Traci Wierman is a member of the Learning Design Group at the Lawrence Hall of Science. The Learning Design Group, working with the MARE team, developed the Ocean Sciences Sequence (OSS). Ms. Wierman's role is to lead the Curriculum Implementation Network supporting dissemination and implementation of various science curriculum programs, including the OSS. She spent 17 years as a K -8 public school teacher and 10 years as an informal educator.

The slides are here (PowerPoint 5.3MB Apr22 14) and here (Acrobat (PDF) 4.2MB Apr21 14).

There is an audio recording of this teleconference call here (MP3 Audio 19.4MB Apr22 14).


April 15, 2014: Monthly joint discussion with National Climate Assessment Education Affiliate Group

The National Climate Assessment (NCA) is coming out soon-- now delayed until around May 5th it looks like, so we're still in the "getting our ducks in their proper rows" stage of preparing to maximize the teachable moments inherent in the NCA.

Here's a link to the agenda, which will include a review of who plans to lead which region, and a review of what we can expect the report, and most importantly its online features to offer: https://docs.google.com/a/ncse.com/document/d/1Pd65-rTnxnMA76XELmYjO99eH0t3AXKHyWCl-c8FM6g/edit

Once the report is out, our work begins, notifying our networks and colleagues about the resources and resources, so by our next call on May 20th we hopefully will have our proverbial ducks well downstream. Toward the bottom of page 2 of the February notes we started to flesh out a template that the regional and thematic groups can start to flesh out: https://docs.google.com/a/ncse.com/document/d/1X9eAdjduzrcW1hsSkMKyI1SaCP5I8qLLwq2-GGoHFbw/edit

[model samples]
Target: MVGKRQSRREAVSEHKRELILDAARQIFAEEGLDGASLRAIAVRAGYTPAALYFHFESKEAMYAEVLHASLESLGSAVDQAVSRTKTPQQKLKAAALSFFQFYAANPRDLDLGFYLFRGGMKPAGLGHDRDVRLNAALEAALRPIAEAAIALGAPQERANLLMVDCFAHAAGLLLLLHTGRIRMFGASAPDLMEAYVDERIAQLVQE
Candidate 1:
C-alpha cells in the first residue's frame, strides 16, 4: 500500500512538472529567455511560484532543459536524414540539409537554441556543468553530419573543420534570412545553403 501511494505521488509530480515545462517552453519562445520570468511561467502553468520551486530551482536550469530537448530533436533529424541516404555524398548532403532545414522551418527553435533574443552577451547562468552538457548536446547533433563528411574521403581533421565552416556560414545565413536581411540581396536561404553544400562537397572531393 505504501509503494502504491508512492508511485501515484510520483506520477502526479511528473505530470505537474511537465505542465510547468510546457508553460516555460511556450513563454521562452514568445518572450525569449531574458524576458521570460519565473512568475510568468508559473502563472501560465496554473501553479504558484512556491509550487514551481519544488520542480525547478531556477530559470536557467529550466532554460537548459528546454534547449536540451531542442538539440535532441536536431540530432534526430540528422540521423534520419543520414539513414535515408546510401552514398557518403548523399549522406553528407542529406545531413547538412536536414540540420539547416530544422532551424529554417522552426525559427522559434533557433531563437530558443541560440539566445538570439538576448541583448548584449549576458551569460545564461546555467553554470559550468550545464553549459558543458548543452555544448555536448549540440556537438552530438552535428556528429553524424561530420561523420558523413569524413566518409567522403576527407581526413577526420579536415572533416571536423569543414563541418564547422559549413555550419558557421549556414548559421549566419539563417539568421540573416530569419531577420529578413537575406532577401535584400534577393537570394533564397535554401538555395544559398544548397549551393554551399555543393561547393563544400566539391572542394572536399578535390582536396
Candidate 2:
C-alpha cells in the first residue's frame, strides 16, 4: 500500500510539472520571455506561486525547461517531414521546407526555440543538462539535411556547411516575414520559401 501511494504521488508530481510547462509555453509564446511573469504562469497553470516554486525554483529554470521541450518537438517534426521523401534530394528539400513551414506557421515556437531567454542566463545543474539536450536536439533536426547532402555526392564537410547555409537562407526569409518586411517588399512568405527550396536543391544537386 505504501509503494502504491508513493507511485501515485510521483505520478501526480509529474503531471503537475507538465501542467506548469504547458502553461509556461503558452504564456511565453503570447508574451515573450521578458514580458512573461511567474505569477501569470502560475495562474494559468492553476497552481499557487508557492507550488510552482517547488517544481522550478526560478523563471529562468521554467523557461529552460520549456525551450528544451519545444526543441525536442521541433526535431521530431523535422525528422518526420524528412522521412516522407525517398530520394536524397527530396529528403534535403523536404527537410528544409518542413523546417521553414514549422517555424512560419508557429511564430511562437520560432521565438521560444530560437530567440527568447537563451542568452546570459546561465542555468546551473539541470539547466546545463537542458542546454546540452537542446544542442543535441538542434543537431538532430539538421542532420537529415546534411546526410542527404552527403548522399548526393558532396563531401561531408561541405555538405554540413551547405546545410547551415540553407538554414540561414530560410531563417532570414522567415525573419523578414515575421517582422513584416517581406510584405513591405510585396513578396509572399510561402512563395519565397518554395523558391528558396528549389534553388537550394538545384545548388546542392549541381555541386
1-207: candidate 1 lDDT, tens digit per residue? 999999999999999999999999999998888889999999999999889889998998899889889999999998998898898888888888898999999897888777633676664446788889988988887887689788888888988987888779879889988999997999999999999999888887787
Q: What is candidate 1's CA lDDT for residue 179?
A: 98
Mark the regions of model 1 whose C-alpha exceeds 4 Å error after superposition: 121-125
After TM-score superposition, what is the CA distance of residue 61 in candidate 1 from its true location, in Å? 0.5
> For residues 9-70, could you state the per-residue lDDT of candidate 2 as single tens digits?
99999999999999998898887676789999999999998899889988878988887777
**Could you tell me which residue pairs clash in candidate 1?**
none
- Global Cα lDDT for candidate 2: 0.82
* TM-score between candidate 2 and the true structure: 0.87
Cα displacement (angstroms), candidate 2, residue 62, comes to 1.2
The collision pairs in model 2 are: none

There is an audio recording of this teleconference call here (MP3 Audio 31.6MB Apr23 14).


April 8, 2014: Dana Haine, Program Director for the University of North Carolina's Climate Leadership and Energy Awareness Program.
Title: Empowering Pre-college Students to Engage in Climate Change Solutions

Abstract: Educators engaged in the climate literacy movement are aware that possession of knowledge about the earth's climate and the causes and consequences of climate change is not sufficient to empower individuals to change their behavior and become advocates for actions that promote a sustainable future. By educating 9th-12th grade students about our fossil fuel based economy, by featuring scientists and engineers who are working to develop solutions to increase the use of renewable energy sources, and by providing opportunities to develop science communication and leadership skills, the extracurricular science enrichment program, Climate Leadership and Energy Awareness Program (Climate LEAP) at the University of North Carolina at Chapel Hill fosters a community of engaged youth and builds the capacity of the next generation of adults to address climate change.

In addition to increasing student knowledge of climate change science and of the solutions proposed to address climate change, program participants engage members of their community on the topics of climate change, energy awareness and/or sustainability through implementation of one or more community outreach project.